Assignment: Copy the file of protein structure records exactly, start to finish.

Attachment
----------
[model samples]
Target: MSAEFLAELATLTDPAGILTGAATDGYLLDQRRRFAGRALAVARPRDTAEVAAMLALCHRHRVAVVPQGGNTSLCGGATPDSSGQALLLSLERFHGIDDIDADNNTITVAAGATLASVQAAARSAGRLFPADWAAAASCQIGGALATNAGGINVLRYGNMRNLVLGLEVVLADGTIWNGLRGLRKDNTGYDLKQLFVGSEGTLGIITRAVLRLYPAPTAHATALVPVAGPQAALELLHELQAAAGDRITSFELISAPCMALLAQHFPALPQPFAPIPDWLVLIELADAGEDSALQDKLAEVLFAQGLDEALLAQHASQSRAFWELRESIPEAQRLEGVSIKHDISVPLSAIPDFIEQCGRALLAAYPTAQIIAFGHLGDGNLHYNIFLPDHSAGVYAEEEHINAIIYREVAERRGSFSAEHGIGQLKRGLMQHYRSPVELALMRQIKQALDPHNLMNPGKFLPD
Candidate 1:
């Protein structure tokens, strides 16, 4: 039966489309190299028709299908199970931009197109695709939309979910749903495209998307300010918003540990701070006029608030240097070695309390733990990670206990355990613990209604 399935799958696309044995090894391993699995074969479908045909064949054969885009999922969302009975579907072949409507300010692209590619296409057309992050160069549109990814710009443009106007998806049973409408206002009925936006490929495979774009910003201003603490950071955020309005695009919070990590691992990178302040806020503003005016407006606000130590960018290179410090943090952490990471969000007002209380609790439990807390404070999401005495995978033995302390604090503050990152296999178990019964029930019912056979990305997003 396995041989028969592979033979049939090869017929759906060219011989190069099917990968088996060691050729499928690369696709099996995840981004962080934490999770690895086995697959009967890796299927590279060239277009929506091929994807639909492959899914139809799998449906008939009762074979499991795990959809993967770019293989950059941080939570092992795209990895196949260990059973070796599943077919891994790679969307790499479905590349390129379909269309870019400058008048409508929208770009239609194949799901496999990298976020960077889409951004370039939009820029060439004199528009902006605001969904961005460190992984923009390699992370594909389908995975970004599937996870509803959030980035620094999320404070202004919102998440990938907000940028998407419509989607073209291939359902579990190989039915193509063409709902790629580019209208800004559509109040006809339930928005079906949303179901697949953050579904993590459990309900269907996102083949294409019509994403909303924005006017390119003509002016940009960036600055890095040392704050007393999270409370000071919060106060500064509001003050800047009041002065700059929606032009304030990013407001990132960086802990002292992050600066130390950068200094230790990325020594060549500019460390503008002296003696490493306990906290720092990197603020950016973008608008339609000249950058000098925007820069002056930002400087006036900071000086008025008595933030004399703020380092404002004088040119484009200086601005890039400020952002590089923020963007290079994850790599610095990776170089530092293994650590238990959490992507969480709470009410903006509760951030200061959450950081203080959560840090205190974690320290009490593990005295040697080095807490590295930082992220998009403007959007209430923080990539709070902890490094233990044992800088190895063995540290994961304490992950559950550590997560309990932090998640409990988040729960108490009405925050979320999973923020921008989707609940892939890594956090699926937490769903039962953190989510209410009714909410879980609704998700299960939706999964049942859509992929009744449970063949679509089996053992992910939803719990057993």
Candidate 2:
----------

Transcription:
[model samples]
Target: MSAEFLAELATLTDPAGILTGAATDGYLLDQRRRFAGRALAVARPRDTAEVAAMLALCHRHRVAVVPQGGNTSLCGGATPDSSGQALLLSLERFHGIDDIDADNNTITVAAGATLASVQAAARSAGRLFPADWAAAASCQIGGALATNAGGINVLRYGNMRNLVLGLEVVLADGTIWNGLRGLRKDNTGYDLKQLFVGSEGTLGIITRAVLRLYPAPTAHATALVPVAGPQAALELLHELQAAAGDRITSFELISAPCMALLAQHFPALPQPFAPIPDWLVLIELADAGEDSALQDKLAEVLFAQGLDEALLAQHASQSRAFWELRESIPEAQRLEGVSIKHDISVPLSAIPDFIEQCGRALLAAYPTAQIIAFGHLGDGNLHYNIFLPDHSAGVYAEEEHINAIIYREVAERRGSFSAEHGIGQLKRGLMQHYRSPVELALMRQIKQALDPHNLMNPGKFLPD
Candidate 1:
């Protein structure tokens, strides 16, 4: 039966489309190299028709299908199970931009197109695709939309979910749903495209998307300010918003540990701070006029608030240097070695309390733990990670206990355990613990209604 399935799958696309044995090894391993699995074969479908045909064949054969885009999922969302009975579907072949409507300010692209590619296409057309992050160069549109990814710009443009106007998806049973409408206002009925936006490929495979774009910003201003603490950071955020309005695009919070990590691992990178302040806020503003005016407006606000130590960018290179410090943090952490990471969000007002209380609790439990807390404070999401005495995978033995302390604090503050990152296999178990019964029930019912056979990305997003 396995041989028969592979033979049939090869017929759906060219011989190069099917990968088996060691050729499928690369696709099996995840981004962080934490999770690895086995697959009967890796299927590279060239277009929506091929994807639909492959899914139809799998449906008939009762074979499991795990959809993967770019293989950059941080939570092992795209990895196949260990059973070796599943077919891994790679969307790499479905590349390129379909269309870019400058008048409508929208770009239609194949799901496999990298976020960077889409951004370039939009820029060439004199528009902006605001969904961005460190992984923009390699992370594909389908995975970004599937996870509803959030980035620094999320404070202004919102998440990938907000940028998407419509989607073209291939359902579990190989039915193509063409709902790629580019209208800004559509109040006809339930928005079906949303179901697949953050579904993590459990309900269907996102083949294409019509994403909303924005006017390119003509002016940009960036600055890095040392704050007393999270409370000071919060106060500064509001003050800047009041002065700059929606032009304030990013407001990132960086802990002292992050600066130390950068200094230790990325020594060549500019460390503008002296003696490493306990906290720092990197603020950016973008608008339609000249950058000098925007820069002056930002400087006036900071000086008025008595933030004399703020380092404002004088040119484009200086601005890039400020952002590089923020963007290079994850790599610095990776170089530092293994650590238990959490992507969480709470009410903006509760951030200061959450950081203080959560840090205190974690320290009490593990005295040697080095807490590295930082992220998009403007959007209430923080990539709070902890490094233990044992800088190895063995540290994961304490992950559950550590997560309990932090998640409990988040729960108490009405925050979320999973923020921008989707609940892939890594956090699926937490769903039962953190989510209410009714909410879980609704998700299960939706999964049942859509992929009744449970063949679509089996053992992910939803719990057993």
Candidate 2: